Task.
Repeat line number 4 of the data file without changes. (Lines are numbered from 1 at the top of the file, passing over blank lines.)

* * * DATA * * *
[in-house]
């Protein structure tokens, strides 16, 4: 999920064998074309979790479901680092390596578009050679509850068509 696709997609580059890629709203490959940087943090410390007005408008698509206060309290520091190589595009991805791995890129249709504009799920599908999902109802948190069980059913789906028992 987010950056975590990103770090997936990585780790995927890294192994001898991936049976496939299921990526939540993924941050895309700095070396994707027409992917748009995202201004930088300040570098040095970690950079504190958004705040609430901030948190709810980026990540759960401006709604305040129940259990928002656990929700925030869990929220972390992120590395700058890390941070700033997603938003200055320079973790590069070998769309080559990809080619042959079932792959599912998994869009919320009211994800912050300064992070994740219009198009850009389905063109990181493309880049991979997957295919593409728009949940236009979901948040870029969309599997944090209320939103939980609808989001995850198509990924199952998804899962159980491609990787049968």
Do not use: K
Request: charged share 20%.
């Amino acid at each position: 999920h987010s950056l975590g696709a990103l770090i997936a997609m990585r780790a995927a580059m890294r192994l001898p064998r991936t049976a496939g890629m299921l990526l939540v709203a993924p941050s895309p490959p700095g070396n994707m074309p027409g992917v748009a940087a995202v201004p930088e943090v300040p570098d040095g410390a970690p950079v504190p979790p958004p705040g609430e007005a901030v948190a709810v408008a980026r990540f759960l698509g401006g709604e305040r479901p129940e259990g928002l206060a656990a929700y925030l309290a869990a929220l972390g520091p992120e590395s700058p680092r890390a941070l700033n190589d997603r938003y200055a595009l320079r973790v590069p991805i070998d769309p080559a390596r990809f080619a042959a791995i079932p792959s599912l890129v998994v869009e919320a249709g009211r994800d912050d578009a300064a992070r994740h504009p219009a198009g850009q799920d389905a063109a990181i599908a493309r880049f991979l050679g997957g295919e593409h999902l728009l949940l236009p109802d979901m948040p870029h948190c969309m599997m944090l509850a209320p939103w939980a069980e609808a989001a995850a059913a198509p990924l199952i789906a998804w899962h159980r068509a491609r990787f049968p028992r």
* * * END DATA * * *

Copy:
Request: charged share 20%.